Jones Street in the Old Market is a mess.
It’s supposed to be a brick street. But in many spots, the century-old road has just as much asphalt and concrete patching as it does exposed brick.
Holes dig deep scars along the stretch from 11th to 13th Streets. It looks as bad as it rides.
With the holes, the patches and the bumpy brick, Jones Street has developed an ugly reputation that the City of Omaha plans to remedy with an old-style renovation.
Mayor Jean Stothert says people call it “the worst street in town.”
“I’d probably agree with that,” said Jim Douglas, senior vice president of Warren Distribution, which until two years ago operated a block away on Leavenworth Street.
“I don’t disagree,” said Ryan Kuehl, a broker at Investors Realty, who worked with the Fairmont Creamery building that runs along Jones Street.
Jones Street has a long, rugged history. It was laid out as part of Omaha’s earliest plat maps, and Omaha’s first house was reportedly built in the area.
The brick street itself dates to somewhere from 1890 to the early 1900s, said Jamie Winterstein, design project manager with the Omaha Public Works Department.
Now, the worst street in town is about to get fixed.
The City of Omaha will undertake a $3.5 million project in 2020 to restore the brick street, improve sidewalks and realign parking along the street — all in a way that fits with the Old Market.
The city says it will salvage as much of the existing bricks as possible but will need to supplement those because many are worn and unusable.
The concept has been in the works for years, and officials have been talking through the plans with area establishments and property owners.
Related sewer work already is underway in the area, cutting off Jones between 12th and 13th Streets. The city plans to start street construction in the spring, possibly expanding the work up 12th Street.
Despite its scars, Jones Street has seen some notable redevelopment and investment thanks to the pull of the Old Market, one of Omaha’s most popular tourist attractions.
The block between 11th and 12th Streets runs along one side of the Bemis Bag Building, which is home to the Boiler Room restaurant and the office of civic group Omaha by Design.
Across the street, the Kaneko arts and cultural gallery has established its presence, even building its own decorative granite sidewalk along Jones Street.
Along the 12th Street block, the Fairmont Creamery building has changed owners, and the food processing plant has left the building, opening up a redevelopment opportunity.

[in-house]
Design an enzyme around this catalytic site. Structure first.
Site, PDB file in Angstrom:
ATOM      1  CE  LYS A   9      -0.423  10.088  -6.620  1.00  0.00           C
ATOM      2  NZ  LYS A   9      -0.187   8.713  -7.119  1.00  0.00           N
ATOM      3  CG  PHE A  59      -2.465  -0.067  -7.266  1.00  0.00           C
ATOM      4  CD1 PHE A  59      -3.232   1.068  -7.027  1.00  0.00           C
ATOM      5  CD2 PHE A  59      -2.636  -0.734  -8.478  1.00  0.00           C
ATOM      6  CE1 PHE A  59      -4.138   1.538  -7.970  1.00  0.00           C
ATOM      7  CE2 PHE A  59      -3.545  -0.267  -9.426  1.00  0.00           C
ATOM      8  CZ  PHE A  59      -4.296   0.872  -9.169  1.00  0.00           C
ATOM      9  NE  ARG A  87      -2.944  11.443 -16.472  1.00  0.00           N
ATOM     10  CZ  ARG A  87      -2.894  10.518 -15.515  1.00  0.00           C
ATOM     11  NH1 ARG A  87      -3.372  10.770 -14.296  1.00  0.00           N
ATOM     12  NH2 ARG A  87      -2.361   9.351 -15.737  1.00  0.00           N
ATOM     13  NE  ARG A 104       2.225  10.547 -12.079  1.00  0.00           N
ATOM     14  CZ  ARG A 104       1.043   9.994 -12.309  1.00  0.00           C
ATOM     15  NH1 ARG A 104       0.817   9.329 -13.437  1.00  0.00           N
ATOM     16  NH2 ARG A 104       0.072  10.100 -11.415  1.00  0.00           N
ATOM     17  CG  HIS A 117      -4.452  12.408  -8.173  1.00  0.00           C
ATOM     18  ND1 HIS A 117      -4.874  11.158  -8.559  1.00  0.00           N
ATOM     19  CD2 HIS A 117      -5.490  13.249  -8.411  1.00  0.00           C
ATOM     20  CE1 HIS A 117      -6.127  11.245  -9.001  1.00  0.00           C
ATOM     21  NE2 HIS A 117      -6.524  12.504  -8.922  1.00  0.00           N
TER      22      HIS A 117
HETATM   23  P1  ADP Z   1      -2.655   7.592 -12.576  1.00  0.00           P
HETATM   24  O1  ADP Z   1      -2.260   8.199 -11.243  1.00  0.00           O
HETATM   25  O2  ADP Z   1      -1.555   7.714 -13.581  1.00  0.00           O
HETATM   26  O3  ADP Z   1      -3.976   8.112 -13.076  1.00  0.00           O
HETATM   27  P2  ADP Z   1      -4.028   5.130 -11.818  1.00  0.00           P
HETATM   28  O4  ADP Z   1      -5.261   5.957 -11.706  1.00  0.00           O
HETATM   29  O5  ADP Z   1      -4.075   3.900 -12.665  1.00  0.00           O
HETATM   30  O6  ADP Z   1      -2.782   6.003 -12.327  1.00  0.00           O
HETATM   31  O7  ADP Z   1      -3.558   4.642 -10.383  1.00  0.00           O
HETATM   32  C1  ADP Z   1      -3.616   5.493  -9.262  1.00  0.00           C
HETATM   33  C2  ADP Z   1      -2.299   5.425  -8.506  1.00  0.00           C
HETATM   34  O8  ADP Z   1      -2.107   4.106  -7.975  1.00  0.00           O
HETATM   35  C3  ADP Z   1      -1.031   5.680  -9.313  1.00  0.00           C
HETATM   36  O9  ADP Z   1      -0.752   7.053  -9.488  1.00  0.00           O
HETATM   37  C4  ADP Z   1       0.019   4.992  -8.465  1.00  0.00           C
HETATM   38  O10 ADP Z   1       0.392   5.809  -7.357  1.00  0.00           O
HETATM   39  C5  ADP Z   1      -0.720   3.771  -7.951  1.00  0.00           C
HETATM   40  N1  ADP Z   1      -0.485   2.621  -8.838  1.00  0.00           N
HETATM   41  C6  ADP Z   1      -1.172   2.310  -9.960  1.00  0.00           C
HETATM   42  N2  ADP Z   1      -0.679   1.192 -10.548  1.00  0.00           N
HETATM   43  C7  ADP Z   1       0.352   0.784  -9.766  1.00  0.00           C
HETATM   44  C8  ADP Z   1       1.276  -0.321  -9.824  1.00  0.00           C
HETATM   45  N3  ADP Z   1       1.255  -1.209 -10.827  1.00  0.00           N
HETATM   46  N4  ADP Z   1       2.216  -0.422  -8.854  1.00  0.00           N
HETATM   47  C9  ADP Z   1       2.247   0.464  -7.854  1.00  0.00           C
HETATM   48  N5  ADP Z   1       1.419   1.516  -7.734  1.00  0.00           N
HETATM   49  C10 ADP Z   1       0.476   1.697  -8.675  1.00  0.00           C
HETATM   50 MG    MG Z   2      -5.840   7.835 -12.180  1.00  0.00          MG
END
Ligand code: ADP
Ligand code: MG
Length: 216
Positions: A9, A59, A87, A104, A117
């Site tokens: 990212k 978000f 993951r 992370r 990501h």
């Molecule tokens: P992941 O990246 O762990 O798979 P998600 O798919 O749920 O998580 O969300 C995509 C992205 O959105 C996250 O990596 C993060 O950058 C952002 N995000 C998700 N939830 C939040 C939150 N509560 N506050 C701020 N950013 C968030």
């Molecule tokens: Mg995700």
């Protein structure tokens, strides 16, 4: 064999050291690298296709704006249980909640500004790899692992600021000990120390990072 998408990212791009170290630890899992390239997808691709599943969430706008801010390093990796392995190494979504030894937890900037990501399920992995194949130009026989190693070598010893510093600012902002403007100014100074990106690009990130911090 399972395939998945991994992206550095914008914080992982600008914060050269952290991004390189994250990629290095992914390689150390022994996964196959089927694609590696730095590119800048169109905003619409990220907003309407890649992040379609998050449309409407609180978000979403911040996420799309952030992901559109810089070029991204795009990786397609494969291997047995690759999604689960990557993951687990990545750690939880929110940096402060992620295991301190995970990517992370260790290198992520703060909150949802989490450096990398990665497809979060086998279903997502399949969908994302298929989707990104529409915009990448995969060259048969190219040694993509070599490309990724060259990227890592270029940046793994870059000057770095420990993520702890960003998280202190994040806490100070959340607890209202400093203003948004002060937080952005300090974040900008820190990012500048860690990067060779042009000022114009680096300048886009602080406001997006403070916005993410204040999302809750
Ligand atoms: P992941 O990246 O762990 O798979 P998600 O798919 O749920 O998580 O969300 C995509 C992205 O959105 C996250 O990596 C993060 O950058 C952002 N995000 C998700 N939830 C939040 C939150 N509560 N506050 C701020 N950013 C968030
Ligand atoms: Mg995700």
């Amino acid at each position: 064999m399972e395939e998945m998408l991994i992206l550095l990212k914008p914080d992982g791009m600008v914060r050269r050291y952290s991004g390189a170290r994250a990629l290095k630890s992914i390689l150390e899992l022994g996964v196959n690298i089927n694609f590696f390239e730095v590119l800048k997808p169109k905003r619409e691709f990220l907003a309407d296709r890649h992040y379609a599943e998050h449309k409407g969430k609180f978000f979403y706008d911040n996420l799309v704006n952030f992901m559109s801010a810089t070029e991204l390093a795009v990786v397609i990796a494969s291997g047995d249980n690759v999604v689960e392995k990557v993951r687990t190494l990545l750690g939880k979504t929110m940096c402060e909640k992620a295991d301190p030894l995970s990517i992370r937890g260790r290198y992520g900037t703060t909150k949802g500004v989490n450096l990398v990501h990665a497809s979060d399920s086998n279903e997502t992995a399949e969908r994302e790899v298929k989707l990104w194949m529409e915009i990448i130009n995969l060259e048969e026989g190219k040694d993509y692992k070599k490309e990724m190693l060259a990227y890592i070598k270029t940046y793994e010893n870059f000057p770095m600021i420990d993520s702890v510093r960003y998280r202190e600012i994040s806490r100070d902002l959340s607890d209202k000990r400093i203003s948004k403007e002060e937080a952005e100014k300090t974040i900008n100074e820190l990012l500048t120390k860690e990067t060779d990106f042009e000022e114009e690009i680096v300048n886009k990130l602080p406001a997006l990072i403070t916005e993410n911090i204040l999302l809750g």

“We’re really happy we’re going to have a Jones Street roadway that’s reflective of the investment going on in that south Old Market area,” said Kevin Andersen, Stothert’s deputy chief of staff for economic development and development services.
But people also know the street and its problems.
Samuel Bertino, Kaneko’s individual gifts and community engagement manager, said when he talks with people around Omaha about Kaneko and its location, they’ll say, “Oh, your street’s terrible.”
“Always,” he said.
Bertino said the organization believes the street’s condition and terrible on-street parking affect attendance. It’s hard to be as accessible as the organization wants, he said, if people don’t want to drive down the street and street parking is awful.
Kuehl said that with industrial users keeping up activity and heavy truck traffic until recently, “there’s just never been a lot of pedestrian traffic.”
But now, he said, the street is going to change.
“It’s time for improvements to take place and for the Old Market to extend.”
Last month, President Donald Trump pulled the plug on peace talks with Afghanistan’s Taliban, the hard-line Islamist faction that controlled the country when al-Qaida orchestrated the 9/11 terror attacks from Afghan soil in 2001.
You might think that would disturb Christopher Kolenda, a retired Army colonel from Omaha whose under-the-radar meetings with Taliban leaders two years ago kick-started the latest round of talks. He also represented the Pentagon in discussions with the Taliban between 2010 and 2013, which ended in failure.
Kolenda has fought the Taliban, too, commanding a cavalry squadron that won over rebel fighters in a pioneering “armed diplomacy” strategy more than a decade ago.